I’m slightly reluctant to write this article. The voice acting in video games has improved immeasurable over the years, so complaining about it feels somewhat counter productive. Not entirely though, because I have a very specific problem with today’s voice acting, namely the overuse of certain actors. Nothing breaks my in-game immersion quicker than hearing a voice I connect to another character in another game, coming out of a different pixelated mouth. So how big of a problem is it? Only you can tell me that. It’s entirely possible that I’m the only gamer that gets hung up on this sort of thing, but, with the move towards games with stronger stories, I very much doubt it. If we as gamers are to buy into the characters presented to us, doesn’t the voice delivering the lines need to be unique?

Last week or so, I was enjoying the very excellent Tomb Raider. As I’m sure you know, the latest game is a prequel, and attempts to tell the story of how Lara Croft became the girl we all know and love, and by and large, it does a very good job of doing so. I did however, have a slight problem paying attention to it, thanks largely to some of the voice acting. One of the first cut scenes up, and I’m doing a double take. Conrad Roth, he sounds familiar! A little further in, and the penny drops. Brynjolf from the Skyrim Thieves Guild is in my Tomb Raider! A bit further on from that, and I pick up one of those journal collectable things that contains spoken dialogue. Mercer Frey from the Skyrim Thieves Guild starts coming out of my speakers. From that point on, the Conrad Roth character was broken to me, whenever he said anything to Lara, I was right back in Riften, imaging he was calling me laddie before sending me off on another thieving  job.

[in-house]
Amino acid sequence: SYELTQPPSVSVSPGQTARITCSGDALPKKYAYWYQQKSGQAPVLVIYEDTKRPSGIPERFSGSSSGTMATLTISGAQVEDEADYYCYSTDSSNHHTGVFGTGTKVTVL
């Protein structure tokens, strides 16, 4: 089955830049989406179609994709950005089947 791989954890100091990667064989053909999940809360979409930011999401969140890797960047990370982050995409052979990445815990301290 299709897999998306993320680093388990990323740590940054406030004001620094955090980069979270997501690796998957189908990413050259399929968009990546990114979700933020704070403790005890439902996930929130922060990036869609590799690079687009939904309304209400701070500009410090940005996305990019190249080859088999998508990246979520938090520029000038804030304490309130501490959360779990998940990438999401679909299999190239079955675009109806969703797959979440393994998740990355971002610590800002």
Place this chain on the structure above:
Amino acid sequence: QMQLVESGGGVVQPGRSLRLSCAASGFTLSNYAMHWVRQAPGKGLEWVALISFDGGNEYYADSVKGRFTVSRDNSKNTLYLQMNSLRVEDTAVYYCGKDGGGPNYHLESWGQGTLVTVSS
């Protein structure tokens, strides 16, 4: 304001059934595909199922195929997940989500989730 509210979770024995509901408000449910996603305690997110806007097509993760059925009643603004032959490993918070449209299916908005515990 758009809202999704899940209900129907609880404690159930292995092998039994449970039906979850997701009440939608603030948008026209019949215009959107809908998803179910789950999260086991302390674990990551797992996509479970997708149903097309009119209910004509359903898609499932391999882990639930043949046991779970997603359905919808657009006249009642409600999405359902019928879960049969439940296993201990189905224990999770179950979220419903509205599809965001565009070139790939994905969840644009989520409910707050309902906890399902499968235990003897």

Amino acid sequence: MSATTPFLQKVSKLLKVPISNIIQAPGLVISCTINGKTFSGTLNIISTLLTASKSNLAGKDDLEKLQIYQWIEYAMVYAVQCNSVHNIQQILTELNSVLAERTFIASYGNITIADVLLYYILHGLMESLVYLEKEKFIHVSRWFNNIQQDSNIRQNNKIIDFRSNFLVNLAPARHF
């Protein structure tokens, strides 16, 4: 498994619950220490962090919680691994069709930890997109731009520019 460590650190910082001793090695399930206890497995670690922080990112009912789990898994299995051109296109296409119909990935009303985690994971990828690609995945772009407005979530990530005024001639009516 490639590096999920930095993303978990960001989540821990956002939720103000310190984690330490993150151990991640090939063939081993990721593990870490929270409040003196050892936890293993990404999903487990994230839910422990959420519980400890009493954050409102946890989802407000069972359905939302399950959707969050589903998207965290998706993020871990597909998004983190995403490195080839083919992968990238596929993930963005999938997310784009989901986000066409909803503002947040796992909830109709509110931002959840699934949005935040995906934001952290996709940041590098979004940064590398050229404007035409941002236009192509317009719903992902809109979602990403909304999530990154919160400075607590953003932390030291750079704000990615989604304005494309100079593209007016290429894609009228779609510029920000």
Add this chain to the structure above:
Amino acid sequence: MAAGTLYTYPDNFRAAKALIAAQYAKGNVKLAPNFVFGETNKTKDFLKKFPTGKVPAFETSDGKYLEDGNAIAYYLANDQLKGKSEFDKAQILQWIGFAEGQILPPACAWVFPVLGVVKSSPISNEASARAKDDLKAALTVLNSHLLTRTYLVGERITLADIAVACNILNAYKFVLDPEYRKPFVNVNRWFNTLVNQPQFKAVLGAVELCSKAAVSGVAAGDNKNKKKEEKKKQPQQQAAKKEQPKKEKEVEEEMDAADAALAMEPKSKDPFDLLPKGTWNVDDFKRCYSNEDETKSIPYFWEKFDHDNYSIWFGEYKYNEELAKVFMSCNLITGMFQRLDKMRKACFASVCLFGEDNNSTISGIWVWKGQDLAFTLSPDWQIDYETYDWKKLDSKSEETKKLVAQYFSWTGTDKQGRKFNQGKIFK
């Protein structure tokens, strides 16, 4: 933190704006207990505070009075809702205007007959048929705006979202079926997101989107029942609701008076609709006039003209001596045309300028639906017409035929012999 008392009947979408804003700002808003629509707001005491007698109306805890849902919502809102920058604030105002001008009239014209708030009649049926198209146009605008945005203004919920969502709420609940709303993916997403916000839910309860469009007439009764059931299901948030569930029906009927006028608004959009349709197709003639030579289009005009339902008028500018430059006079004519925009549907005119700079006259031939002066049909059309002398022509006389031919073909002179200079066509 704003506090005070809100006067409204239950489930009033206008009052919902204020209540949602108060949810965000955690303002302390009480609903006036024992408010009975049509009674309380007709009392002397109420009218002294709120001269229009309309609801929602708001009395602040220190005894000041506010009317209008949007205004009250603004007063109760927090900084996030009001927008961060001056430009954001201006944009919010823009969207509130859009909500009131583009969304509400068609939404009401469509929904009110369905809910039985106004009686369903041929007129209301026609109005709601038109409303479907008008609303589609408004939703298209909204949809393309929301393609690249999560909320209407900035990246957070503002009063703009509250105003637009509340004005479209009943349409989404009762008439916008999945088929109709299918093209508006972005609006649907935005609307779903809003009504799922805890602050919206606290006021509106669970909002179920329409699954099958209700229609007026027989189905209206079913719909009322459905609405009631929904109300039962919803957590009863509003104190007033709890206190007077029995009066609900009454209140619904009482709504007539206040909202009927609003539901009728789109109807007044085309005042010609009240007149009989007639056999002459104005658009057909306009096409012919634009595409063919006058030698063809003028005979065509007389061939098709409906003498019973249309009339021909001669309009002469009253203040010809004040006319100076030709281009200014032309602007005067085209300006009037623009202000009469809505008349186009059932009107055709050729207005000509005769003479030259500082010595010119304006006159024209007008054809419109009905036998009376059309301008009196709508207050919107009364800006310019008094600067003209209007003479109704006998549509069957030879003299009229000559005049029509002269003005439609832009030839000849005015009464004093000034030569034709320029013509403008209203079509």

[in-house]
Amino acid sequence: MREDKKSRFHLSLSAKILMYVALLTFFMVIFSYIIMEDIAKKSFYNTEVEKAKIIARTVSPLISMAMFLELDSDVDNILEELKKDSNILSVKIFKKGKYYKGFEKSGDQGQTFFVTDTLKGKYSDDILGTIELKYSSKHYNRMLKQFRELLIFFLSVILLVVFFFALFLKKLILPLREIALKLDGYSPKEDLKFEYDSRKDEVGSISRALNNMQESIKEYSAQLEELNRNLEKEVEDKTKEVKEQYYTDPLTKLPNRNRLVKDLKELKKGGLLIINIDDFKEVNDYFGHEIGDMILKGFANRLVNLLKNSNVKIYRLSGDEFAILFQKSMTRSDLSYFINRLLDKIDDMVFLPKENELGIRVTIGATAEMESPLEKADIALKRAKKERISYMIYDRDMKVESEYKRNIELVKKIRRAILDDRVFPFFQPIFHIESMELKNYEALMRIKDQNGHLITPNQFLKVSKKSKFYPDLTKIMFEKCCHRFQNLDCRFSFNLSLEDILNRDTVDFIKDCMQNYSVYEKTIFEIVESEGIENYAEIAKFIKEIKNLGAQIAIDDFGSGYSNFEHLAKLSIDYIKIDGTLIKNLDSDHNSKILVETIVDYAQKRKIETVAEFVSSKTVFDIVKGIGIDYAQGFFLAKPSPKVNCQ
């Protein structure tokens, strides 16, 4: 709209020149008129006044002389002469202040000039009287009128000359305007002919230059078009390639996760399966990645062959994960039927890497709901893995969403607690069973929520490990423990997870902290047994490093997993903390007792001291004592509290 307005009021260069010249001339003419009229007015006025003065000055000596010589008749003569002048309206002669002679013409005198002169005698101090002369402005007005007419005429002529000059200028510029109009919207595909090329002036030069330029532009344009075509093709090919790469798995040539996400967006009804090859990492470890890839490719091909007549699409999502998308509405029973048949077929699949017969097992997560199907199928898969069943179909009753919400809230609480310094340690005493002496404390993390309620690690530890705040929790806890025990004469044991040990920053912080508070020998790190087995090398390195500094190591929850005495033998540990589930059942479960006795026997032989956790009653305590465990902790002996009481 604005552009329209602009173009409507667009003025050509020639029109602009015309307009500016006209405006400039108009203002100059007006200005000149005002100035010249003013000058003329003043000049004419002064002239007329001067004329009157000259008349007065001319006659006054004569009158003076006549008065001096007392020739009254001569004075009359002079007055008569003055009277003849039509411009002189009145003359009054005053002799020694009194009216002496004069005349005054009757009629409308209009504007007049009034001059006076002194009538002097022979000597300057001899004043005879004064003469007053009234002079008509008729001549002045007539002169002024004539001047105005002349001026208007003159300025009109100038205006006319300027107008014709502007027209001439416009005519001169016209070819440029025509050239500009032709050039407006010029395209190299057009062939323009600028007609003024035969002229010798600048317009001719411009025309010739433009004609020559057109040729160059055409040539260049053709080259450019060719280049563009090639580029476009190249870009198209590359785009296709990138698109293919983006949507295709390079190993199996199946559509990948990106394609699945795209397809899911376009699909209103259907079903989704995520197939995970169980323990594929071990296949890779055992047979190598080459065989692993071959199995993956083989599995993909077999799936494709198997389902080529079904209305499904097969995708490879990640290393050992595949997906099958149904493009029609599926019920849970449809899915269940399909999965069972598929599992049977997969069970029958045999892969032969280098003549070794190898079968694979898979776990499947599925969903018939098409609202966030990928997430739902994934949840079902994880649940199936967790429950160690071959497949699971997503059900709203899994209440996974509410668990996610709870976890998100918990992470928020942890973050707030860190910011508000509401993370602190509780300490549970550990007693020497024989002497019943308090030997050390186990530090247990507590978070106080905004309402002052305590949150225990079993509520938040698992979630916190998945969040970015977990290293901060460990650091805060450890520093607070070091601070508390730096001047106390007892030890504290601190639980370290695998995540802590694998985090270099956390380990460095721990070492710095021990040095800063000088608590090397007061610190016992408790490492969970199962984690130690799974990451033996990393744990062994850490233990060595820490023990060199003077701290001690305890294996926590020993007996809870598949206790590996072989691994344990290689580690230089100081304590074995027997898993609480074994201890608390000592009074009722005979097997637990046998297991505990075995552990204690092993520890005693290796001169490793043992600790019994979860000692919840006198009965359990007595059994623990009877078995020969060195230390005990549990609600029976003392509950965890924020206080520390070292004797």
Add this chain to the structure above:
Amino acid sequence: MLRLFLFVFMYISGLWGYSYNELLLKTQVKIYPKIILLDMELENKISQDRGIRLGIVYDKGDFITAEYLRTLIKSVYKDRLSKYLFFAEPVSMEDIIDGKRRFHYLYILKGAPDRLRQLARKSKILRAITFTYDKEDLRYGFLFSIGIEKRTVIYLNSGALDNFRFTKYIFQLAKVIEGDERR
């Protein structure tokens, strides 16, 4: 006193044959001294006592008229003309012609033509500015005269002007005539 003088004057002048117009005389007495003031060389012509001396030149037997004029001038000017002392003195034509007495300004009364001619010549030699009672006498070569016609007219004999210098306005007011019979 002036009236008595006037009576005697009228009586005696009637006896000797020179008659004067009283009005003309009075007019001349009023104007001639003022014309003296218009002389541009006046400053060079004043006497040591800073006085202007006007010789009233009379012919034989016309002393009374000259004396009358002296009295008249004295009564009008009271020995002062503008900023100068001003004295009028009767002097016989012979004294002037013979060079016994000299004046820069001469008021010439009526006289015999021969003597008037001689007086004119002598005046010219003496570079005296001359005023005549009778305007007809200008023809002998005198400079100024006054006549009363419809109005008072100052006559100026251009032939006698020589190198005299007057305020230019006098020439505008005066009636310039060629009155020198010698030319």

The troubling thing is, if the sharing of voice talent is any indication, that developers seem to constantly relying on a small group of voice actors. If you played Dragon Age: Origins, Simon Templeman will be familiar to you as arch villain Teyrn Loghain Mac Tir. If you played Mass Effect 2 or 3, he’s Admiral Han’Gerrel. In Uncharted: Drake’s Fortune, he’s Gabriel Roman. Star Wars: The Old Republic, Dead Space 3, Jade Empire, Kingdoms of Amalur: The Awakening… his list of voice credits in video games is immense. Continuing on the Bioware/Naughty Dog crossover theme, there’s Gideon Emery. He’s another actor with a distinctive voice, that’s easily recognisable when you hear it. His role as Fenris in Dragon Age 2 is probably the biggest, but he’s also been in a variety of other Bioware games.